While many of us have been a part of a private book club, a public book club is an altogether different experience. Like a great book, a public book club can broaden your horizons by exposing you to people and opinions outside your immediate circle. Los Angeles has book clubs for teenagers, women, the LGBT community, sci-fi junkies and even Joseph Campbell fans.
For the eternal intellectual, there is the Coyotes Book Club at Skylight bookstore, where an ambitious group of readers pore over epics like Ulysses for six months. "I'm supposed to be getting a Phd right now," said Karl Bauer, director of the Coyotes Book Club. "Instead I'm teaching for free at a bookstore."
Bauer moved to Los Angeles a year ago and found himself tasked with taking over the store's long-running book club. Bauer took it as an opportunity to challenge his readers, choosing dense books by the likes of Nabokov and Pynchon.
"I like to think of the book club as a place where people can read books that they might not necessarily read on their own," Bauer said of his choices, adding that his purpose is "to give people an understanding of the book that they might not have if they read it by themselves."
If you prefer your literary conversation to include some laughs, look no further than the book club of comedian Jeff Garlin, of Curb Your Enthusiasm fame. Garlin has been running his book club at West Hollywood's Book Soup for over two years. "Early on, it was a Q and A about Curb Your Enthusiasm and nobody read the book," Garlin bemoaned, cautioning attendees against showing up without having done their homework.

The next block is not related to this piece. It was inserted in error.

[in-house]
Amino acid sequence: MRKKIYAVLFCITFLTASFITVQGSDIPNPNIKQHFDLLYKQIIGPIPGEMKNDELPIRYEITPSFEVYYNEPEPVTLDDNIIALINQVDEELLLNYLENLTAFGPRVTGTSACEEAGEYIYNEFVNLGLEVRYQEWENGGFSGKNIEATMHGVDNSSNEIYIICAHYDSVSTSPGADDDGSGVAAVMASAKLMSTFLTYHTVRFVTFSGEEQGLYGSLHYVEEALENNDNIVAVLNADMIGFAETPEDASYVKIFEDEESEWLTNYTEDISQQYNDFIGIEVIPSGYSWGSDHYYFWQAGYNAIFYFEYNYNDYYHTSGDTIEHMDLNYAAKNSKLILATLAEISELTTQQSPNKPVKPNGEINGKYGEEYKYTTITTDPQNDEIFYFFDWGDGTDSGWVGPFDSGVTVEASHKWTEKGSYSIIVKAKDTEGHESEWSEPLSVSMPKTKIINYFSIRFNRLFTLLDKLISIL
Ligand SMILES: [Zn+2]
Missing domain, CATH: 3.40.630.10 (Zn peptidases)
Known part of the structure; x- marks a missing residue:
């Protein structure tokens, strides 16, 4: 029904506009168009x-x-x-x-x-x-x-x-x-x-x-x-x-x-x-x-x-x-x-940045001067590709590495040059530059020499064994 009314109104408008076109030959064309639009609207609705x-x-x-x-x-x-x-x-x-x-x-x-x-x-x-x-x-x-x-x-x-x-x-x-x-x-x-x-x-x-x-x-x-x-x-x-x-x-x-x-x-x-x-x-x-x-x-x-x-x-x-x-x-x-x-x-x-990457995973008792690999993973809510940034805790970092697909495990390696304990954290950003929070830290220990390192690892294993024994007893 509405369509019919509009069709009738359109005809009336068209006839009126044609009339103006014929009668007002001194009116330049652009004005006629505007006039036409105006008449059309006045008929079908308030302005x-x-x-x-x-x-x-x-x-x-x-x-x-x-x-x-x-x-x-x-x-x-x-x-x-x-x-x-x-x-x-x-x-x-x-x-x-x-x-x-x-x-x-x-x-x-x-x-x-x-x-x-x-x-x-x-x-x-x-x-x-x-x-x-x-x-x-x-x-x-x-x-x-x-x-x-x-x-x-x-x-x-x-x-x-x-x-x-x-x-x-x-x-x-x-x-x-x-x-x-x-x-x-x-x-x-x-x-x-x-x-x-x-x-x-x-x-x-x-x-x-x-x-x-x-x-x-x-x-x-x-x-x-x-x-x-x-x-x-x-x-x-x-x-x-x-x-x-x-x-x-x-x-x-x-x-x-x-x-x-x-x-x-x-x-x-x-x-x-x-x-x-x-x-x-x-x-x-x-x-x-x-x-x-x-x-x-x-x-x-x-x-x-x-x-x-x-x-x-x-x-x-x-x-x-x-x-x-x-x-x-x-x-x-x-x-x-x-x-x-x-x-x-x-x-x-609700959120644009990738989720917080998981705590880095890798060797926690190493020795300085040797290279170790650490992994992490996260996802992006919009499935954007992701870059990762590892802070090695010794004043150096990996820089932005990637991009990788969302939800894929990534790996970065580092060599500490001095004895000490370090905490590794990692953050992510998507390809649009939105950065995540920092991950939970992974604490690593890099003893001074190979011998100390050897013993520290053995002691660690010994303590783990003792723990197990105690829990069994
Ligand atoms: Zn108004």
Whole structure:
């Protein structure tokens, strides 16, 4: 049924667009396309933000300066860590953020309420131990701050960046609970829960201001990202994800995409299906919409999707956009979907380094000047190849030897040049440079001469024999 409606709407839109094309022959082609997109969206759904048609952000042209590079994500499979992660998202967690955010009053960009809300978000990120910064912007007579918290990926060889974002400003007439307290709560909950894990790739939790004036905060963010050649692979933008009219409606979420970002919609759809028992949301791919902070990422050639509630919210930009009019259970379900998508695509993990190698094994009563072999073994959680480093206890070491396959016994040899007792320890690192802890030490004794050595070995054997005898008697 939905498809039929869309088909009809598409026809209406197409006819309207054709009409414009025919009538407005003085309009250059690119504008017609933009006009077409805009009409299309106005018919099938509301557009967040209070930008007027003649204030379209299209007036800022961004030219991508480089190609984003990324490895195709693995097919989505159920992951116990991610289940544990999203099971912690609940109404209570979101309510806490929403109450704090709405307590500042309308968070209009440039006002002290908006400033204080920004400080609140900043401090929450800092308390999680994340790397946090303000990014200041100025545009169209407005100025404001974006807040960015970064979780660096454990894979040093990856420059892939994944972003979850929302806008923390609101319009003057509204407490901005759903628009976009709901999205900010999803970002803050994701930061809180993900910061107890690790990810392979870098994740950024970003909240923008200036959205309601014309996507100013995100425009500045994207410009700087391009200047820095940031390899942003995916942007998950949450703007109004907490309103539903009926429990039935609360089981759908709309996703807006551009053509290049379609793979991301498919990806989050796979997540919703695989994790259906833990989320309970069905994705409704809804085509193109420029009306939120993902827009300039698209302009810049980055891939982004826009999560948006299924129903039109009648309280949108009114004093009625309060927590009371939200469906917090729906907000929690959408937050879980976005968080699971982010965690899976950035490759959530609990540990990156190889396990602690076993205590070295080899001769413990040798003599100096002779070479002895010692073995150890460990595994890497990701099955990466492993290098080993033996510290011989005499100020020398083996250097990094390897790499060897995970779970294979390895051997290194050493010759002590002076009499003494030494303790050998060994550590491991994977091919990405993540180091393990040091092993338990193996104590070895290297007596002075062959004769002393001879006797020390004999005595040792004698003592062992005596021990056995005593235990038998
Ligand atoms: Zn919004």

During his latest discussion of Gillian Flynn's Gone Girl, an elderly woman confessed she hadn't read the book because she was on the waiting list for it at the library. Garlin shook his head and replied, "The purpose of the book club is that Book Soup sells books.
"I want this place to last forever," Garlin added. "If they ever got into trouble, I would try and buy it." His passion for the store is reminiscent of Quentin Tarantino's love for the New Beverly Cinema, which the director bought in 2010 and vowed to keep open as long as he is alive.
Still, there are plenty of clubs around for readers who prefer to check their books out at the local library. Tony Valenzuela, who runs the LGBT-themed Lambda Literary Book Club in the stunning new West Hollywood library, works with the library to make sure they have enough books in stock for readers, often persuading publishers to donate books.
Valenzuela experimented recently with having author Richard Kramer present for the book club discussion of his moving debut novel, These Things Happen. "I left having learned things about the book that I never knew," said Kramer of the experience. "Book clubs are the best places to talk about your book. You're not selling; you're discussing. Which is why most authors write books, I think. For the joy of the discussion."
"L.A., despite what people might think, is a literary town," Garlin proudly exclaimed. We host the largest book festival in the country, the Los Angeles Times Festival of Books. We are home to countless independent bookstores. And we have welcomed a long list of authors, from F. Scott Fitzgerald and Raymond Chandler to Ray Bradbury and Charles Bukowski. We can add to this list our devotion to the public book club.